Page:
Before we do that, sir, the phrase in English that I learned from my ex-employer the late Mr. Ashok's ex-wife Pinky Madam is:

What a fucking joke.

— — —

Now, I no longer watch Hindi films — on principle — but back in the days when I used to, just before the movie got started, either the number 786 would flash against the black screen — the Muslims think this is a magic number that represents their god — or else you would see the picture of a woman in a white sari with gold sovereigns dripping down to her feet, which is the goddess Lakshmi, of the Hindus.

It is an ancient and venerated custom of people in my country to start a story by praying to a Higher Power.

I guess, Your Excellency, that I too should start off by kissing some god's arse.

Which god's arse, though? There are so many choices.

See, the Muslims have one god.

The Christians have three gods.

And we Hindus have 36,000,000 gods.

Making a grand total of 36,000,004 divine arses for me to choose from.

Now, there are some, and I don't just mean Communists like you, but thinking men of all political parties, who think that not many of these gods actually exist. Some believe that none of them exist. There's just us and an ocean of darkness around us. I'm no philosopher or poet, how would I know the truth? It's true that all these gods seem to do awfully little work — much like our politicians — and yet keep winning reelection to their golden thrones in heaven, year after year. That's not to say that I don't respect them, Mr. Premier! Don't you ever let that blasphemous idea into your yellow skull. My country is the kind where it pays to play it both ways: the Indian entrepreneur has to be straight and crooked, mocking and believing, sly and sincere, at the same time.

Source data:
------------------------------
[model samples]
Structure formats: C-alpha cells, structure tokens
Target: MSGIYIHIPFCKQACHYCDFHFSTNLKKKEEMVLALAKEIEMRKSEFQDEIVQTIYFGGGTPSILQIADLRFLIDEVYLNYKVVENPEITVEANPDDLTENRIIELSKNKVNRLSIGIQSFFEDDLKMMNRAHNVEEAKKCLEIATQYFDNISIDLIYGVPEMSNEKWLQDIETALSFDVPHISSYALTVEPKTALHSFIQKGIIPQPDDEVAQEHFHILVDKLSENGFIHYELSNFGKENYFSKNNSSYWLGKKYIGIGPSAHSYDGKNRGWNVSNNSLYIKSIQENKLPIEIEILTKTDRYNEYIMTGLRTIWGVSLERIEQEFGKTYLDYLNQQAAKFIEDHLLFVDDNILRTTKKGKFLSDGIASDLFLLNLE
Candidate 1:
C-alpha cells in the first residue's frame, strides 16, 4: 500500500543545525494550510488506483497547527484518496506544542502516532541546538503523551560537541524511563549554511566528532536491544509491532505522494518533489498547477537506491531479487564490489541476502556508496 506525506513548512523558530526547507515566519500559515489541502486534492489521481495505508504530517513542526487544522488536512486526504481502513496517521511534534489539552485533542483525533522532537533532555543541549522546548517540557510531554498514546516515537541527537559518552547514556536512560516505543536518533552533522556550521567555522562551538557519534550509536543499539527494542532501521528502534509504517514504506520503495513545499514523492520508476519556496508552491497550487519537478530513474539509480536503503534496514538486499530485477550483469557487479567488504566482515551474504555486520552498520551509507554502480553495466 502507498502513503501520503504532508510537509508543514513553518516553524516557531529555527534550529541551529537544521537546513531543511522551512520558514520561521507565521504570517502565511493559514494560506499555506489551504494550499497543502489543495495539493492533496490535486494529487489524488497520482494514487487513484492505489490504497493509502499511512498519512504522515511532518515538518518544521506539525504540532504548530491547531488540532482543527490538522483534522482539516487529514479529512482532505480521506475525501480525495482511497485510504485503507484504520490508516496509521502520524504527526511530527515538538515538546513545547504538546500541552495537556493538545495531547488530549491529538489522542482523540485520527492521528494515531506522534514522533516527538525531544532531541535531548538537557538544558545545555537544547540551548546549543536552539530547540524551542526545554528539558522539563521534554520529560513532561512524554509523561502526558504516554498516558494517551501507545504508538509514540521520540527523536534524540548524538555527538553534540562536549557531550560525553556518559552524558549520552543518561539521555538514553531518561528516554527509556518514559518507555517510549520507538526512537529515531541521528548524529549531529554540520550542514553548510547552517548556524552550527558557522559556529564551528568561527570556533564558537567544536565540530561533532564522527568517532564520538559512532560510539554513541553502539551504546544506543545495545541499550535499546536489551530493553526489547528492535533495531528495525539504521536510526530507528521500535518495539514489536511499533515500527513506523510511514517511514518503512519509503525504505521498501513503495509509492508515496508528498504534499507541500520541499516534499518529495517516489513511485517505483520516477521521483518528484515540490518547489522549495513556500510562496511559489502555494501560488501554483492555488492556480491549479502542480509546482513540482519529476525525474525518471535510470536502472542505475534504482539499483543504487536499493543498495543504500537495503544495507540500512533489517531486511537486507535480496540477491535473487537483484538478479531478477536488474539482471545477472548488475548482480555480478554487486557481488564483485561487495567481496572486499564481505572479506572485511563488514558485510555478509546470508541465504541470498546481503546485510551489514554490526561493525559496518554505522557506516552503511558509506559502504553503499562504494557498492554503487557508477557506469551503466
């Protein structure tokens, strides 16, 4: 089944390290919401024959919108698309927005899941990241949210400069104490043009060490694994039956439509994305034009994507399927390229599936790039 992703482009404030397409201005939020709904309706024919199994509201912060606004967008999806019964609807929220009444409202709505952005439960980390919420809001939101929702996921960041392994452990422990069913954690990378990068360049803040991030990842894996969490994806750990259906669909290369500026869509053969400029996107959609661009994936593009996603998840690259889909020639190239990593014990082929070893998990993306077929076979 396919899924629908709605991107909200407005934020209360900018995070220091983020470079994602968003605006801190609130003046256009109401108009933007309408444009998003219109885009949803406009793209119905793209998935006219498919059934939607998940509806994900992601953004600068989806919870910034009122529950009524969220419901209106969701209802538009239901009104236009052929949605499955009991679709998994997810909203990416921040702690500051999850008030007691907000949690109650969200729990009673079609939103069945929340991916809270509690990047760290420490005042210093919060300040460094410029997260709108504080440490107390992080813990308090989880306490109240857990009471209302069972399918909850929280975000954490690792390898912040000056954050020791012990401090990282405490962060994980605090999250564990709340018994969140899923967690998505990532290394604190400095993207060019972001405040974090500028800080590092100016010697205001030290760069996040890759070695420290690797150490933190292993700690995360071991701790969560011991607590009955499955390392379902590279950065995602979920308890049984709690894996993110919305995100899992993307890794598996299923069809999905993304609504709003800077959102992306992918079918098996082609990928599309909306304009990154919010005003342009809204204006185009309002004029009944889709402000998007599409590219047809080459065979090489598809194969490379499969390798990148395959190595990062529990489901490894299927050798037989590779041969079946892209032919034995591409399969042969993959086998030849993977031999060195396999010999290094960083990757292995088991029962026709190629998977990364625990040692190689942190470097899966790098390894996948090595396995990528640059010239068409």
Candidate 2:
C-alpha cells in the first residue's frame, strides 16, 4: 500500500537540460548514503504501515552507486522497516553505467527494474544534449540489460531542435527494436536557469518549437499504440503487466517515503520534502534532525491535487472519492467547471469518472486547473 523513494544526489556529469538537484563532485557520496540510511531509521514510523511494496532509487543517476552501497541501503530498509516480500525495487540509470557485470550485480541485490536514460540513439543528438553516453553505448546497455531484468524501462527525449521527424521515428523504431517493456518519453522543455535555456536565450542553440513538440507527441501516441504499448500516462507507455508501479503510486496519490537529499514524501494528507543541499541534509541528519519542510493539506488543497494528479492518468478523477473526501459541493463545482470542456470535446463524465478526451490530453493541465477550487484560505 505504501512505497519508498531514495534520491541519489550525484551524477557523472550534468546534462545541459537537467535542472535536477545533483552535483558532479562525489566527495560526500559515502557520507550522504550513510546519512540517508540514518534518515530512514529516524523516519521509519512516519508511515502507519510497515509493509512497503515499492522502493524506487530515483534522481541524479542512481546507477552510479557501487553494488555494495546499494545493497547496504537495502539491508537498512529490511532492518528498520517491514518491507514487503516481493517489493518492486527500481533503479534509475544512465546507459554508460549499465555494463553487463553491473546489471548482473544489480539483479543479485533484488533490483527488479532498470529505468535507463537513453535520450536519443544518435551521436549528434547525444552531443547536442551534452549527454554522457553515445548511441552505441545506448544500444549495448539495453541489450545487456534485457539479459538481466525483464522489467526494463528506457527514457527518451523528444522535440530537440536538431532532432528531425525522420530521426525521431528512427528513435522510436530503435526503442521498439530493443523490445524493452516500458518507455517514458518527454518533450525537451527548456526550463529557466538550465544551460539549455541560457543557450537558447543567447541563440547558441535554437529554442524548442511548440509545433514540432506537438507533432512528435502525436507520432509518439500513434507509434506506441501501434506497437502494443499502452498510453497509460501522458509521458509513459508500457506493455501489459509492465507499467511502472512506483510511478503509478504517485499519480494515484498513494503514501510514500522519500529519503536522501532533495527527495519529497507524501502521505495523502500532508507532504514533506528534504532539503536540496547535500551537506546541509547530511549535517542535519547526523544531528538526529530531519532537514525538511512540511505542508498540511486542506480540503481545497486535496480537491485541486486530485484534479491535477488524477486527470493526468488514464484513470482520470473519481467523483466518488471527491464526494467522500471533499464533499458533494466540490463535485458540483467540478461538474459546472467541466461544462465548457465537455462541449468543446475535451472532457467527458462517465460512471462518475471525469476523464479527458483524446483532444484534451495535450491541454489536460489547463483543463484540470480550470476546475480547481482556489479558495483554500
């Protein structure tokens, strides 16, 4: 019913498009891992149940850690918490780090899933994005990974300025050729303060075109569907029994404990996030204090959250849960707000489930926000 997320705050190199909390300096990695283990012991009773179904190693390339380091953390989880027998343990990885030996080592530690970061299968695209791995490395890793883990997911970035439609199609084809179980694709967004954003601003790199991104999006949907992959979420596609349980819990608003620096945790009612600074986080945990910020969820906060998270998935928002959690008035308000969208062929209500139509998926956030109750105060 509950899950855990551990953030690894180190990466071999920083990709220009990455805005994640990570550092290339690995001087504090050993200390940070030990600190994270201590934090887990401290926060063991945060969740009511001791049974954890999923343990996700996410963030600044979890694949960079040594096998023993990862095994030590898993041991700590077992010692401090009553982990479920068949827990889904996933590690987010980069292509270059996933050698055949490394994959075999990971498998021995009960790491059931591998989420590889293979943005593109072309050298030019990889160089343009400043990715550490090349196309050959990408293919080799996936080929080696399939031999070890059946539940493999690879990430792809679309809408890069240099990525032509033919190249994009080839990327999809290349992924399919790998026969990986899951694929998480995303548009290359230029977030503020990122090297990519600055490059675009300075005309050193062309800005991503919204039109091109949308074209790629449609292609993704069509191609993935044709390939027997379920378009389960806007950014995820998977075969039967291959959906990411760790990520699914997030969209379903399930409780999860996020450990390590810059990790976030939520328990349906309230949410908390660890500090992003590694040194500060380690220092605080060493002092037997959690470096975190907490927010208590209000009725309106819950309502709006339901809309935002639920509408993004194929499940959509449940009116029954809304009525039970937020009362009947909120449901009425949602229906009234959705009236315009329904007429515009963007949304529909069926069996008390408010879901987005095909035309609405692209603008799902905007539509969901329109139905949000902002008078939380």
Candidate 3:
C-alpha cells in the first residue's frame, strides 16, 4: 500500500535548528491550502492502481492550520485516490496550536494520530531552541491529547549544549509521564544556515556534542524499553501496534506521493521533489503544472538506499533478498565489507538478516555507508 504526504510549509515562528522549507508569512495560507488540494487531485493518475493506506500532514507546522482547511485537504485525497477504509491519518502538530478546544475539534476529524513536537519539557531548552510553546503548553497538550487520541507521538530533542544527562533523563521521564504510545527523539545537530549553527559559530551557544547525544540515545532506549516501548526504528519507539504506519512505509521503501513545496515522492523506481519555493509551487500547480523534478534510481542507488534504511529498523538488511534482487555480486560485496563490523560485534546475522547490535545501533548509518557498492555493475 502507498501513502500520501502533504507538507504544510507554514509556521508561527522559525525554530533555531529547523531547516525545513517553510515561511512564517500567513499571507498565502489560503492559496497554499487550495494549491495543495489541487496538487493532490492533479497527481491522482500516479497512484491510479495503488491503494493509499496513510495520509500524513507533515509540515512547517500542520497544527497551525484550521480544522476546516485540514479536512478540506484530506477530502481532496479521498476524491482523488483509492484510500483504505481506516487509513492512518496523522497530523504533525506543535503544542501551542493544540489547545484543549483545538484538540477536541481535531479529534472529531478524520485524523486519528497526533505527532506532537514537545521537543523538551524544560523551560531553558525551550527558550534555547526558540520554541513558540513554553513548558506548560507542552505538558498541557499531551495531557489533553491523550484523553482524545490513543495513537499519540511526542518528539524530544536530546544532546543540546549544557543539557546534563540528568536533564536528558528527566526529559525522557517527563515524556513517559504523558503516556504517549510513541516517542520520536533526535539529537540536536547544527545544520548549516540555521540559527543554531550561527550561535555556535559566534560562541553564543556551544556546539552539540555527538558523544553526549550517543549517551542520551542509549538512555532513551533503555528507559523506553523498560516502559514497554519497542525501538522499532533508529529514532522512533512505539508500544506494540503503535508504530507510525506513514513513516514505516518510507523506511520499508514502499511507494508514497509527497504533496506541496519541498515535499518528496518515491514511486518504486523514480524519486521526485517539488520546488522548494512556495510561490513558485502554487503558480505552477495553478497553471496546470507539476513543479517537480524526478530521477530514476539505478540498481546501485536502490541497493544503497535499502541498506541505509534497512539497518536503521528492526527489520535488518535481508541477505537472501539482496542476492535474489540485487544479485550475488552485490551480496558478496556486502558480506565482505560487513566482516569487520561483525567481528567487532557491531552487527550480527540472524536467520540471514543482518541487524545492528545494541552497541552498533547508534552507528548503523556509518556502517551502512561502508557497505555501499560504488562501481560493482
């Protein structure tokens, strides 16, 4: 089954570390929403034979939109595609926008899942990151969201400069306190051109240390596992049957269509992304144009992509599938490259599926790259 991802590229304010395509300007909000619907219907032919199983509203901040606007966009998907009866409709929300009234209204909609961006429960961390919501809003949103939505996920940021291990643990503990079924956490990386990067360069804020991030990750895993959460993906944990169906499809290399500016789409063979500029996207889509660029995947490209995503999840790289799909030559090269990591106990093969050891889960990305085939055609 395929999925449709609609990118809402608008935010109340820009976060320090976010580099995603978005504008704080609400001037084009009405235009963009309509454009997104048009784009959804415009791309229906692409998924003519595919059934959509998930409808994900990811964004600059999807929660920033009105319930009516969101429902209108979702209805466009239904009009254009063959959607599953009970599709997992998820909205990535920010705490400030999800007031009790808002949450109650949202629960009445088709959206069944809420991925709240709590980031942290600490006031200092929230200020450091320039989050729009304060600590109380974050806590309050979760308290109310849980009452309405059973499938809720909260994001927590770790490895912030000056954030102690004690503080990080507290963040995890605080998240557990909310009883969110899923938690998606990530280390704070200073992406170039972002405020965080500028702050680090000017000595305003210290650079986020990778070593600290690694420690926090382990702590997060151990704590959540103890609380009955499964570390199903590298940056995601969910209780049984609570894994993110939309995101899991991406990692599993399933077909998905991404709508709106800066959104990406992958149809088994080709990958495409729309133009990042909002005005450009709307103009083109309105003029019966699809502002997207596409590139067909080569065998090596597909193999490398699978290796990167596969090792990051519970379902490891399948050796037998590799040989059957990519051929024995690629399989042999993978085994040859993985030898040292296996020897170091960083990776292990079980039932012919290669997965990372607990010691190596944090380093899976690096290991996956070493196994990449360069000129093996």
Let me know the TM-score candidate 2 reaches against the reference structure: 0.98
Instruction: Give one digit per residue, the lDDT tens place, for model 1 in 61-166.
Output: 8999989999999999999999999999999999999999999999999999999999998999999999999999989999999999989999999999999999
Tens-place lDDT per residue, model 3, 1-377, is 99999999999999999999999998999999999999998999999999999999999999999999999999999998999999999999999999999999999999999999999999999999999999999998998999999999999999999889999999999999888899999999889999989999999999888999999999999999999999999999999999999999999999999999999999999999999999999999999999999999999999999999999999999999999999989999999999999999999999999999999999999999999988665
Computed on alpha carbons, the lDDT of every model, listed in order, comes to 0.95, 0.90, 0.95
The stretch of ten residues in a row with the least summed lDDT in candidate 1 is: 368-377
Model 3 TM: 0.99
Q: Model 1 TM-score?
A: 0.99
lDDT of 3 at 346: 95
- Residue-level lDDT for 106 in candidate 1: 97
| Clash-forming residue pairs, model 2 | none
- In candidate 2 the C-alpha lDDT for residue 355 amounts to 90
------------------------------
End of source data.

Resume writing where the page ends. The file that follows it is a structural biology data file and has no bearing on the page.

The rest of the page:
So: I'm closing my eyes, folding my hands in a reverent namaste, and praying to the gods to shine light on my dark story.

Bear with me, Mr. Jiabao. This could take a while.

How quickly do you think you could kiss 36,000,004 arses?

From THE WHITE TIGER by Aravind Adiga. Copyright © 2008 by Aravind Adiga. Reprinted by permission of Free Press, a Division of Simon & Schuster, Inc.